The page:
Findings Friday | Metro Atlanta Nonprofit Performance, Part 1: Strategic Planning
In a study of nonprofit performance by the Georgia Center for Nonprofits in partnership with The Community Foundation for Greater Atlanta, nearly 400 organizations described their strategic planning practices and provide perspectives on public policy. This post is the first of a two-part series and will cover the study’s strategic planning findings.
Whether or not an organization has a strategic plan and if that plan is current correlates to an organization’s budget size―likely linked to financial and human resource capacity. Organizations below a $500,000 budget are approximately 20% less likely to have a strategic plan than organizations overall.
Further, higher level components within these plans―mission and vision statements, goals, etc.―are present. But aspects of the plan that turn goals into operational reality―tactics, timelines, staffing plans, etc.―are less common, demonstrating a potential barrier to implementation.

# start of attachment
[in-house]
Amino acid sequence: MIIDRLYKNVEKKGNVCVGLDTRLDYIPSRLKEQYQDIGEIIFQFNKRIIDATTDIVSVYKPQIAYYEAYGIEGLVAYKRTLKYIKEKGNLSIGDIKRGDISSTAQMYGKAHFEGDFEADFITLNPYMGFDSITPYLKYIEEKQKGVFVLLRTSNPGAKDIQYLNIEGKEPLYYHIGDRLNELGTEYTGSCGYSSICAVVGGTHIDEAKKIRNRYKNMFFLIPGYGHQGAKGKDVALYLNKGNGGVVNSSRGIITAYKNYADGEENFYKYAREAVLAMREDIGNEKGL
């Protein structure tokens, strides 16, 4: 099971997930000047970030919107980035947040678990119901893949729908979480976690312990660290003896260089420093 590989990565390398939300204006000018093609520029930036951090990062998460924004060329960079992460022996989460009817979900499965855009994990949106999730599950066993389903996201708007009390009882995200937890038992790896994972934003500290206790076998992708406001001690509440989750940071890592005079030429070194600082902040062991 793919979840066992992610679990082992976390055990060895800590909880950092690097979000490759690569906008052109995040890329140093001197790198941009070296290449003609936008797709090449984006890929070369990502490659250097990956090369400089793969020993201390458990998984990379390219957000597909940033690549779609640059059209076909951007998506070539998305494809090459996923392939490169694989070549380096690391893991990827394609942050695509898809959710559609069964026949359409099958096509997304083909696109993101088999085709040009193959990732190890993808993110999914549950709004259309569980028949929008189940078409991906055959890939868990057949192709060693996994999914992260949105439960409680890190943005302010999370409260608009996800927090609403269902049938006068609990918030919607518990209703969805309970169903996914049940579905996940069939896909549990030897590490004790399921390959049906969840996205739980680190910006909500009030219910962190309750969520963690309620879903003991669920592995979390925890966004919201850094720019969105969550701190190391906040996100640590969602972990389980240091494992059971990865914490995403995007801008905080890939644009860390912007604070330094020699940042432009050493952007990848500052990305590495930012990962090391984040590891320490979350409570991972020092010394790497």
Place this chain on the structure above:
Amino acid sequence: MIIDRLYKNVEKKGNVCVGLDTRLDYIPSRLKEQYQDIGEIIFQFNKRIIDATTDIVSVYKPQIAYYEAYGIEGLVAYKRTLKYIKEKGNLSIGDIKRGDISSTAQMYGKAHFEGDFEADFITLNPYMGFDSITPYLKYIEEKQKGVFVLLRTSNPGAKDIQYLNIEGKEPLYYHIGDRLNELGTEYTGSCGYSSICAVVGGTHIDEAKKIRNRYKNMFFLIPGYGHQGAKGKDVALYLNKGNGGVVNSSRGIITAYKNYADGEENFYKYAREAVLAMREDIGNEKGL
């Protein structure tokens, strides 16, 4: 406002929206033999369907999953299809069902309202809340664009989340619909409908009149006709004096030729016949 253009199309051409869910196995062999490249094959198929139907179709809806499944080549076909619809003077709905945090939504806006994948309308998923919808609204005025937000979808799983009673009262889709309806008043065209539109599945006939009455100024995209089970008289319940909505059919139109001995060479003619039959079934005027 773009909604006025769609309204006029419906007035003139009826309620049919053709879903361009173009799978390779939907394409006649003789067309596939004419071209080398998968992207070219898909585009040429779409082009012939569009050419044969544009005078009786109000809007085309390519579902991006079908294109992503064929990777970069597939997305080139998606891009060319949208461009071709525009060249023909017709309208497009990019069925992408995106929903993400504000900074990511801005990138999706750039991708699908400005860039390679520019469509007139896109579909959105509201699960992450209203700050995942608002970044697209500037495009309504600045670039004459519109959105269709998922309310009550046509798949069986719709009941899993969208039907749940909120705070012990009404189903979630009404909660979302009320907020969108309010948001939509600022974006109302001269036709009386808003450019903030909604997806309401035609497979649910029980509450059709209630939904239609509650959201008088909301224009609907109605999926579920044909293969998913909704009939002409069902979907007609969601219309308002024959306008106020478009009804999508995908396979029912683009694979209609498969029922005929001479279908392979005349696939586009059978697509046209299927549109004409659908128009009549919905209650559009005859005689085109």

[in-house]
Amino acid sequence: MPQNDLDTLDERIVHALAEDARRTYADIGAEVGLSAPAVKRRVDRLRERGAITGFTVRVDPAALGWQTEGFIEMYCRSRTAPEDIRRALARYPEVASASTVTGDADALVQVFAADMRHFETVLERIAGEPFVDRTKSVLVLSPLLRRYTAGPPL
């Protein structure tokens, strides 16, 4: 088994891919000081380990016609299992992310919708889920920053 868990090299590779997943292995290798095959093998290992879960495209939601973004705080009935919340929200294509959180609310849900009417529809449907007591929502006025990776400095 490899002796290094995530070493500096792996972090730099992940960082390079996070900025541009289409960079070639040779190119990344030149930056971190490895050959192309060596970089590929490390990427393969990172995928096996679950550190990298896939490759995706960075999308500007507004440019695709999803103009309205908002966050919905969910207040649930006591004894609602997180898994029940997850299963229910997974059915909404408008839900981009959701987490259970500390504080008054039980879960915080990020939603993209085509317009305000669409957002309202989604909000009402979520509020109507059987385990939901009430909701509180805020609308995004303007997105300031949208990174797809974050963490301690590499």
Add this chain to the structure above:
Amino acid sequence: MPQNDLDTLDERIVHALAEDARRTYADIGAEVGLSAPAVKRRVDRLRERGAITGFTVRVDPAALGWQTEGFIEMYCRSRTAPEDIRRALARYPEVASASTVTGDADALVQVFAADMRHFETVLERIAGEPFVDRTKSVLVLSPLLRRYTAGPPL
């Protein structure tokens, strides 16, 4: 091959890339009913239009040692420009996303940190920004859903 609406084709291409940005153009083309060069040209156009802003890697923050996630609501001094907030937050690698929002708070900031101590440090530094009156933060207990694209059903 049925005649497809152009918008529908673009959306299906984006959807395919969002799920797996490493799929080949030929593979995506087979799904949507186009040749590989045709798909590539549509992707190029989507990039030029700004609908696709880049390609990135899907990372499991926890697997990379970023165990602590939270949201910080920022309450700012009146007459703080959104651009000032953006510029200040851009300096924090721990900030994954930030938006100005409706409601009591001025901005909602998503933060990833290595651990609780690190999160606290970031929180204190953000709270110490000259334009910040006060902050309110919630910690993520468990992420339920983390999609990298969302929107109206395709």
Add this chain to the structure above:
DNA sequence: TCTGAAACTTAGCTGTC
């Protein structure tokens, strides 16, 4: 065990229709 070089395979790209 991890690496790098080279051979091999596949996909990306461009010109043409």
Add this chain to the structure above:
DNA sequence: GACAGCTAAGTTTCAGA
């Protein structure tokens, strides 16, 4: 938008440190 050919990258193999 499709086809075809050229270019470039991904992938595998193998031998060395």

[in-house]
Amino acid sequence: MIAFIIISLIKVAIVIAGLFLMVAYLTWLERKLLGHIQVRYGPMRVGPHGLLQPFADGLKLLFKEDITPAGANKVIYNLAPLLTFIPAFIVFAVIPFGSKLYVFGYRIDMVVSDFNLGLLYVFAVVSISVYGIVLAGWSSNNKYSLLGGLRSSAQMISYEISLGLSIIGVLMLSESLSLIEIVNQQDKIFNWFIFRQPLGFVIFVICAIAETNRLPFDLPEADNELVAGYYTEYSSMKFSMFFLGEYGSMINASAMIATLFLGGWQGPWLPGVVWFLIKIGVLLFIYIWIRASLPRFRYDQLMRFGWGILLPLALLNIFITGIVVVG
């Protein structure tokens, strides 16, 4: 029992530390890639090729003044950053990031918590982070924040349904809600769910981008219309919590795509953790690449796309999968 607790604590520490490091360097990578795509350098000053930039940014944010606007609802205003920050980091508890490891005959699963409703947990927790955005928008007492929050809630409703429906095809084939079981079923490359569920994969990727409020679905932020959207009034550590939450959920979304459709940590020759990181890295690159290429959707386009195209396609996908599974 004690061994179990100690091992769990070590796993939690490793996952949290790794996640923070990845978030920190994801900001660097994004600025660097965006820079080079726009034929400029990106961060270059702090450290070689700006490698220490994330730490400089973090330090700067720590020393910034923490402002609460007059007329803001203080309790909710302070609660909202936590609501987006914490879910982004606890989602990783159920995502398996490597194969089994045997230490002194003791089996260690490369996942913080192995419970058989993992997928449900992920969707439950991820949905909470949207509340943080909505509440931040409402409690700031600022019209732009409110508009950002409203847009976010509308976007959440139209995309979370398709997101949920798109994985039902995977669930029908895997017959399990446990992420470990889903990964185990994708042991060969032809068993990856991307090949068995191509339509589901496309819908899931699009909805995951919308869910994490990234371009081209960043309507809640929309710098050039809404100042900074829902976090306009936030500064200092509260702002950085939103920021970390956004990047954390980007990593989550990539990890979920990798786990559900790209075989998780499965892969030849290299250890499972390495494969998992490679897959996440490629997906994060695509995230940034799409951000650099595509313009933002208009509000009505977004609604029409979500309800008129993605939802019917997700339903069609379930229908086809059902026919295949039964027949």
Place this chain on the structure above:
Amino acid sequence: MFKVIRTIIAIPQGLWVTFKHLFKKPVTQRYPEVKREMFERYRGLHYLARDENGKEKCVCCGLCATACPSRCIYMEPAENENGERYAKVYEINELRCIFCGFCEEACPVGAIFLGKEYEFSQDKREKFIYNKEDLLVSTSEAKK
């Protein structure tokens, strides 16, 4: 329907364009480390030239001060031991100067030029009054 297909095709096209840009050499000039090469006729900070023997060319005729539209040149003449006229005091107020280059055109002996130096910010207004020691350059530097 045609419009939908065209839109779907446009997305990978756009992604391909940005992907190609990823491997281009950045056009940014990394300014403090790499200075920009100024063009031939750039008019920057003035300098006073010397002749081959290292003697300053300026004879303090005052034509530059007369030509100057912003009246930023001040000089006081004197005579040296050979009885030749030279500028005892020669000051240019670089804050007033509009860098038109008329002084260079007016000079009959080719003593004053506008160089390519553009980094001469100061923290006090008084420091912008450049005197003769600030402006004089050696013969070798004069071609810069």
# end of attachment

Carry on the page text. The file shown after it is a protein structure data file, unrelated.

In developing a strategic plan, goals and outcomes are primarily based on internal data as opposed to a balance of internal and external factors. An astounding 45% of nonprofits self-identify as having a low level of market-focused strategy rooted in community perspective and competitor analysis. This lack of contextual awareness can lead to service duplication and reduced impact in target communities. Thus, it's vital that organizations conduct an environmental scan as an aspect of their strategic planning process: assessing the business and socio-political trends in which your organization operates.
Tommy Pearce is Communications Coordinator at the Georgia Center for Nonprofits.